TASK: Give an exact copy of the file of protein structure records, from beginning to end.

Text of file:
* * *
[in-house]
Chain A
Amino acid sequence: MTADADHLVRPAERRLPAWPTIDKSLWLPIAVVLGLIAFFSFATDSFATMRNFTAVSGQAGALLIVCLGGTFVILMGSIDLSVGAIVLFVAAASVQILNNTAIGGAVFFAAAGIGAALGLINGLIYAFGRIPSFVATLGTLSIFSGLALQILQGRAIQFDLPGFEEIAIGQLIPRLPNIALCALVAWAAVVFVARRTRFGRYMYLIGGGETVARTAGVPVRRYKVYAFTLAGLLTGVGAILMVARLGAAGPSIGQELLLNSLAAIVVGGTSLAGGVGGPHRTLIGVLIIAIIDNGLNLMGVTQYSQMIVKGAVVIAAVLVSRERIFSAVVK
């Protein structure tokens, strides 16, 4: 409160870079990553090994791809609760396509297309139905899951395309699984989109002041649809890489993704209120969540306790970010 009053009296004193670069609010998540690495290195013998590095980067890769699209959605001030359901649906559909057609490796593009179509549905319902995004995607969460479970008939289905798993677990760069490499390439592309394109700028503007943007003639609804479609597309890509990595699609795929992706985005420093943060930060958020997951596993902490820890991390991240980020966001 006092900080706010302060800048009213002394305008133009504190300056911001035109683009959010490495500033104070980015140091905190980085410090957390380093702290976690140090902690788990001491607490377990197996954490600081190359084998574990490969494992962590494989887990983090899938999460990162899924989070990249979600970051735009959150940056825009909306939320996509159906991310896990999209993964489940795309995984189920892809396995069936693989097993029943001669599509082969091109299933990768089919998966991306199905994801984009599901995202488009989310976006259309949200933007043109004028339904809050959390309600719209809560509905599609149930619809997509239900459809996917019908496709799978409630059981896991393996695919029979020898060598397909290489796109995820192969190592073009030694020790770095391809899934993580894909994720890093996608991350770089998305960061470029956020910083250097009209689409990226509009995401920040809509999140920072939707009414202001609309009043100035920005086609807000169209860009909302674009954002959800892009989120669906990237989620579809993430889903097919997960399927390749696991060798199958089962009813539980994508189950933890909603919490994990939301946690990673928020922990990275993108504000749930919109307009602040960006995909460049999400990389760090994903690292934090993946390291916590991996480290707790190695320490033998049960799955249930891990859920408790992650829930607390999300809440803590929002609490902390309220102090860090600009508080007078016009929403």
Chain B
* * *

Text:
[in-house]
Chain A
Amino acid sequence: MTADADHLVRPAERRLPAWPTIDKSLWLPIAVVLGLIAFFSFATDSFATMRNFTAVSGQAGALLIVCLGGTFVILMGSIDLSVGAIVLFVAAASVQILNNTAIGGAVFFAAAGIGAALGLINGLIYAFGRIPSFVATLGTLSIFSGLALQILQGRAIQFDLPGFEEIAIGQLIPRLPNIALCALVAWAAVVFVARRTRFGRYMYLIGGGETVARTAGVPVRRYKVYAFTLAGLLTGVGAILMVARLGAAGPSIGQELLLNSLAAIVVGGTSLAGGVGGPHRTLIGVLIIAIIDNGLNLMGVTQYSQMIVKGAVVIAAVLVSRERIFSAVVK
């Protein structure tokens, strides 16, 4: 409160870079990553090994791809609760396509297309139905899951395309699984989109002041649809890489993704209120969540306790970010 009053009296004193670069609010998540690495290195013998590095980067890769699209959605001030359901649906559909057609490796593009179509549905319902995004995607969460479970008939289905798993677990760069490499390439592309394109700028503007943007003639609804479609597309890509990595699609795929992706985005420093943060930060958020997951596993902490820890991390991240980020966001 006092900080706010302060800048009213002394305008133009504190300056911001035109683009959010490495500033104070980015140091905190980085410090957390380093702290976690140090902690788990001491607490377990197996954490600081190359084998574990490969494992962590494989887990983090899938999460990162899924989070990249979600970051735009959150940056825009909306939320996509159906991310896990999209993964489940795309995984189920892809396995069936693989097993029943001669599509082969091109299933990768089919998966991306199905994801984009599901995202488009989310976006259309949200933007043109004028339904809050959390309600719209809560509905599609149930619809997509239900459809996917019908496709799978409630059981896991393996695919029979020898060598397909290489796109995820192969190592073009030694020790770095391809899934993580894909994720890093996608991350770089998305960061470029956020910083250097009209689409990226509009995401920040809509999140920072939707009414202001609309009043100035920005086609807000169209860009909302674009954002959800892009989120669906990237989620579809993430889903097919997960399927390749696991060798199958089962009813539980994508189950933890909603919490994990939301946690990673928020922990990275993108504000749930919109307009602040960006995909460049999400990389760090994903690292934090993946390291916590991996480290707790190695320490033998049960799955249930891990859920408790992650829930607390999300809440803590929002609490902390309220102090860090600009508080007078016009929403």
Chain B